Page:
I am proud that I was the first person to ever write a review of a Martin Scorsese film, and I was absolutely right about him. I wrote about "2001" the day before its premiere, and my praise was joined by many early criticisms. Recently, I've been excited to champion the work of Ramin Bahrani ("Man Push Cart," "Goodbye, Solo"). My choice for best film of the decade was "Synecdoche, New York," and on my blog I received dozens of messages in fervent agreement. Charlie Kaufman's film is building a reputation as challenging but profound.
You are credited as the first major critic to realize what an incredible force in cinema Martin Scorsese was destined to become. What currently developing directors will be the most recognized in 20 years?
Ever watched a movie that was too disturbing / shocking to complete / review (if so what was it)?
I walked out of "Caligula," but more because of disgust and shock. Otherwise, no.
What is your process of reviewing? Specifically, take notes during the film or do any outside research? If the film was based off of a book, do you read it?
I take written notes sometimes. I do not go out of my way to read the book, although often I may have. Although my reviews often discuss the source material, it's not a question of whether the movie is "faithful" to the book. The question is, how good a film is it? New things interested me less than whether "Twilight Two" deviated from the novel.
Are there any films you particularly disliked when you first reviewed them, but years later saw the film again and greatly enjoyed? Or vice versa?
Not particularly, although I am open to shifts in opinion. What we thought then need not be what we think no. We grow, we learn, we change.
What is your most favorite personal memory of Gene Siskel that at the same time defines the kind of person he was (i.e., an event, a joke he told, act of kindness, something he said, etc.). Details of this memory would be much appreciated. He seemed like a genuine soul and it was fun to watch the two of you worked together.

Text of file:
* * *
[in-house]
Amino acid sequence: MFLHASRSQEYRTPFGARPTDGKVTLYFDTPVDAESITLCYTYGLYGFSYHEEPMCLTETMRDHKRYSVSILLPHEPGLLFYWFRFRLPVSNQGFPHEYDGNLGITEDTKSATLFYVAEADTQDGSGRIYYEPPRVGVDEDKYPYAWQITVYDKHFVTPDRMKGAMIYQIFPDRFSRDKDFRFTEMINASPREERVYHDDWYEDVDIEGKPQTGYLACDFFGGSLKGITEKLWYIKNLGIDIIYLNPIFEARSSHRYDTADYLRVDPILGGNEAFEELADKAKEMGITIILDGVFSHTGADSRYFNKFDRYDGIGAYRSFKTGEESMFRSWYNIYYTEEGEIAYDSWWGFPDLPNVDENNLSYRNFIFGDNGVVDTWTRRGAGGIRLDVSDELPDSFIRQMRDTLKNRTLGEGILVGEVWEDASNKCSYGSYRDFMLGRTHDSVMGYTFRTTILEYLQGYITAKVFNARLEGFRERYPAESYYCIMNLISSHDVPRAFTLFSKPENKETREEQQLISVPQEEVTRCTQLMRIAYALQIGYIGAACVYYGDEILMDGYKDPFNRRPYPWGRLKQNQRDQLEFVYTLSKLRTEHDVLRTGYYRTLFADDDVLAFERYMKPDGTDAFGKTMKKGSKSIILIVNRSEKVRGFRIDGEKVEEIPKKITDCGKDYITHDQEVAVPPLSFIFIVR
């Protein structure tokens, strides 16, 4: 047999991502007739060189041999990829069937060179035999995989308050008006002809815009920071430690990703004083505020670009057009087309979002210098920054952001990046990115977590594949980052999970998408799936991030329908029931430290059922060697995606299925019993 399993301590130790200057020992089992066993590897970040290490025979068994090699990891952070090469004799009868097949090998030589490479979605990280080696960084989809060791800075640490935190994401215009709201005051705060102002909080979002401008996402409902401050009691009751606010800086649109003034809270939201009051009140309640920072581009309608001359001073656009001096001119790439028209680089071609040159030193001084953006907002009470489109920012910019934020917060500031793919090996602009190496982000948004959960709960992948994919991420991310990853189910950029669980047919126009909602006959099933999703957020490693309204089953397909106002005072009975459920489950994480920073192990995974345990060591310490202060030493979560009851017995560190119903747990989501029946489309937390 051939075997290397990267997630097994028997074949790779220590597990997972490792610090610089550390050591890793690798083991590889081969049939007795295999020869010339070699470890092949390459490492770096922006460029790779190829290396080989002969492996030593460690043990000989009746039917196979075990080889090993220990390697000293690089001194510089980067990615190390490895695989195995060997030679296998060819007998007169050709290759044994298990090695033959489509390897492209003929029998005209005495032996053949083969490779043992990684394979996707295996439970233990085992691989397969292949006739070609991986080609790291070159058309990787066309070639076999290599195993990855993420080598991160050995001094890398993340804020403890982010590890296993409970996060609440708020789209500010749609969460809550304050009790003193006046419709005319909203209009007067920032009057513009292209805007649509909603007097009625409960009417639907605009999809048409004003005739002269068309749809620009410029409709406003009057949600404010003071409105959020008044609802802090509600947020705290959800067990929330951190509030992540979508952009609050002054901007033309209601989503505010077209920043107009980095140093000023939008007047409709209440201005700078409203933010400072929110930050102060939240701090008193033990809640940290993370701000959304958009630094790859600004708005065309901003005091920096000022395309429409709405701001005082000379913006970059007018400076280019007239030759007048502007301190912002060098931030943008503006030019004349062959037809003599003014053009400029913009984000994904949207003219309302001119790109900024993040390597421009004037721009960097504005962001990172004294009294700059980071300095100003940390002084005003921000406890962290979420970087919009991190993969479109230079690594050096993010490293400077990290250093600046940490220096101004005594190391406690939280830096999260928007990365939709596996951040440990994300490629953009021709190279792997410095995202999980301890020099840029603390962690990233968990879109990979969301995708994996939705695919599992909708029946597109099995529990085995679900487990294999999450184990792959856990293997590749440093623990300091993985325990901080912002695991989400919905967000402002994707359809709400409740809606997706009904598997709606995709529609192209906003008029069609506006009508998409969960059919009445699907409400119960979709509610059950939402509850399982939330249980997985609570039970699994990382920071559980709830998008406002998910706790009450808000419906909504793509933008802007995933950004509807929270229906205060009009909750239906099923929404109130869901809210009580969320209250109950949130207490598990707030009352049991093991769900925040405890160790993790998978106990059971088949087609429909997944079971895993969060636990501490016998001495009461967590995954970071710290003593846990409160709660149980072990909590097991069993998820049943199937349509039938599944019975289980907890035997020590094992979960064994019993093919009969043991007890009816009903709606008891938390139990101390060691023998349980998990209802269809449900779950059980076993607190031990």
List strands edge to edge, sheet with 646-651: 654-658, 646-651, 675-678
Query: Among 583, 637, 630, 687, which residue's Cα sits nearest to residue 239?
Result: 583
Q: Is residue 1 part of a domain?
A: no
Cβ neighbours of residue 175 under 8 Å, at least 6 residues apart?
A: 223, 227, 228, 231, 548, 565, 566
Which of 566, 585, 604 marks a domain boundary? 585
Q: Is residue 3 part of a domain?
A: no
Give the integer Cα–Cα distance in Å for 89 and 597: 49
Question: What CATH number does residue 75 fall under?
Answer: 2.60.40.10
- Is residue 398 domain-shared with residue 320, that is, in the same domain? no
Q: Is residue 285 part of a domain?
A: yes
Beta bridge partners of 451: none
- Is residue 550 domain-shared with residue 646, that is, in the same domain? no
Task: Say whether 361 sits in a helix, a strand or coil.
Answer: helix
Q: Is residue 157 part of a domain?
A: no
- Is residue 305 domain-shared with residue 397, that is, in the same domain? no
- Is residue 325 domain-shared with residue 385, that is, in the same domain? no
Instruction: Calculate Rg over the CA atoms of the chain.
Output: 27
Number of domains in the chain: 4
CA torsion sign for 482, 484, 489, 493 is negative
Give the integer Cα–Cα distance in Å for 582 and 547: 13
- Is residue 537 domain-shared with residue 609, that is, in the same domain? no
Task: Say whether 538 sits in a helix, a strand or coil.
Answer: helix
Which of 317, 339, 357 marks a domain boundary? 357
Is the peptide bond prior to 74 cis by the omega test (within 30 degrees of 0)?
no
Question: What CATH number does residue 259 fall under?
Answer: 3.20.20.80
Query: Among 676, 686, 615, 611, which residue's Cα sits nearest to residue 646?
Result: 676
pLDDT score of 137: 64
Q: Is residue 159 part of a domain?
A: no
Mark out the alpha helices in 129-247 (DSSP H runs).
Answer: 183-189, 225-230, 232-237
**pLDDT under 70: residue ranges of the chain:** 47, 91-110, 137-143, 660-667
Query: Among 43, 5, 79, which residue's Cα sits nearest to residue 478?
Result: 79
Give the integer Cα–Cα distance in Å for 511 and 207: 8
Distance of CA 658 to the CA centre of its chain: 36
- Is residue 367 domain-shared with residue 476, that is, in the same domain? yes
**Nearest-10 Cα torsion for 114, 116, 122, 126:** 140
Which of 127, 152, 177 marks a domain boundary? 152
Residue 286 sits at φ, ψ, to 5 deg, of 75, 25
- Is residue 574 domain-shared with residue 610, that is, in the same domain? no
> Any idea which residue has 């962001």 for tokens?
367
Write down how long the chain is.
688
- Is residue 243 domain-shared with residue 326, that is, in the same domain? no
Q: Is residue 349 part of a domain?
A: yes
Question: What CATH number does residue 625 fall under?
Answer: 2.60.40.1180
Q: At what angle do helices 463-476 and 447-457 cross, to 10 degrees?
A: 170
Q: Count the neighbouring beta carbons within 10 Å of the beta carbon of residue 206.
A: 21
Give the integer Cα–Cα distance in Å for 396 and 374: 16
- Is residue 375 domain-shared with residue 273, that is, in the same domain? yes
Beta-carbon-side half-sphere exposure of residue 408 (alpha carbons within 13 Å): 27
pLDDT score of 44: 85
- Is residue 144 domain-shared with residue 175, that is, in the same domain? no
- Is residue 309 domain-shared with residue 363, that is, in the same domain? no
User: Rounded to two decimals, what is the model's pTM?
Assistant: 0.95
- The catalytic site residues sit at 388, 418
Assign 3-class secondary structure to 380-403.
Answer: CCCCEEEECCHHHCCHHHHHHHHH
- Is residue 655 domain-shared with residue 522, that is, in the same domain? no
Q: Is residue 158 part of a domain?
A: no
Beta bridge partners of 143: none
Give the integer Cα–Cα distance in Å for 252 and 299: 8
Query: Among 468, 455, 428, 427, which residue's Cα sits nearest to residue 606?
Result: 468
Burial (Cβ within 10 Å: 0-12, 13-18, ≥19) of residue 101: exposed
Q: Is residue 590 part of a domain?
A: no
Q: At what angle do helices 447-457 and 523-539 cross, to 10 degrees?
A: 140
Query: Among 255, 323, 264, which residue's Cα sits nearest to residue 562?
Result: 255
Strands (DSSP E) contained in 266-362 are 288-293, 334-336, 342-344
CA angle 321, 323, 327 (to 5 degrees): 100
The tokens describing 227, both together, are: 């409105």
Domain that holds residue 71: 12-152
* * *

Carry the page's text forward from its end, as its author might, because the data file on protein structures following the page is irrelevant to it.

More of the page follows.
My appreciation of him only grows over the years. He was formidably intelligent and much of his criticism grew from his skill as a reporter. He liked to say he "covered the movie beat." Some may dismiss that; he used it to apply inflicting honesty. I'm glad so many of our old shows survive on the net, because he was so funny.
On the first viewing of a movie, do you find yourself paying more attention to the mechanics of movie making (IE "What a bad shot," or "What good lighting/sound," or "That character draws attention away from the main plot in a bad way,") Or do have the ability to let the mechanics go and watch the movie like a "regular" movie viewer; to 'get lost in the story'?
The movie informs me how to look at it. In an ideal situation, I'm looking at everything all at once, just as an experienced sports fan is caught up in the excitement of a game, yet simultaneously observes strategy and technical details.
Has anybody ever thanked you for a negative review of one of their films?
In an ad, David Lynch once proudly proclaimed, "Two Thumbs Down!"
What do you think of meta-review sites like rottentomatoes and metacritic. Do you think they serve a good purpose, or do you not feel you can get a fair feel of a movie from aggregating reviews?
They tell you which way the wind is blowing, but no good review can be understood from a sentence or two. I think people understand that. My site gets a lot of hits from such sites, and IMDb, MRQE and MovieReviewIntelligence.
In your opinion, how important is re-watchability when judging a movie to be great?
Derek Malcolm, the British critic, says his definition of a great movie is: "One I can't stand the thought of never seeing again."
RIP Roger Joseph Ebert (June 18, 1942 – April 4, 2013)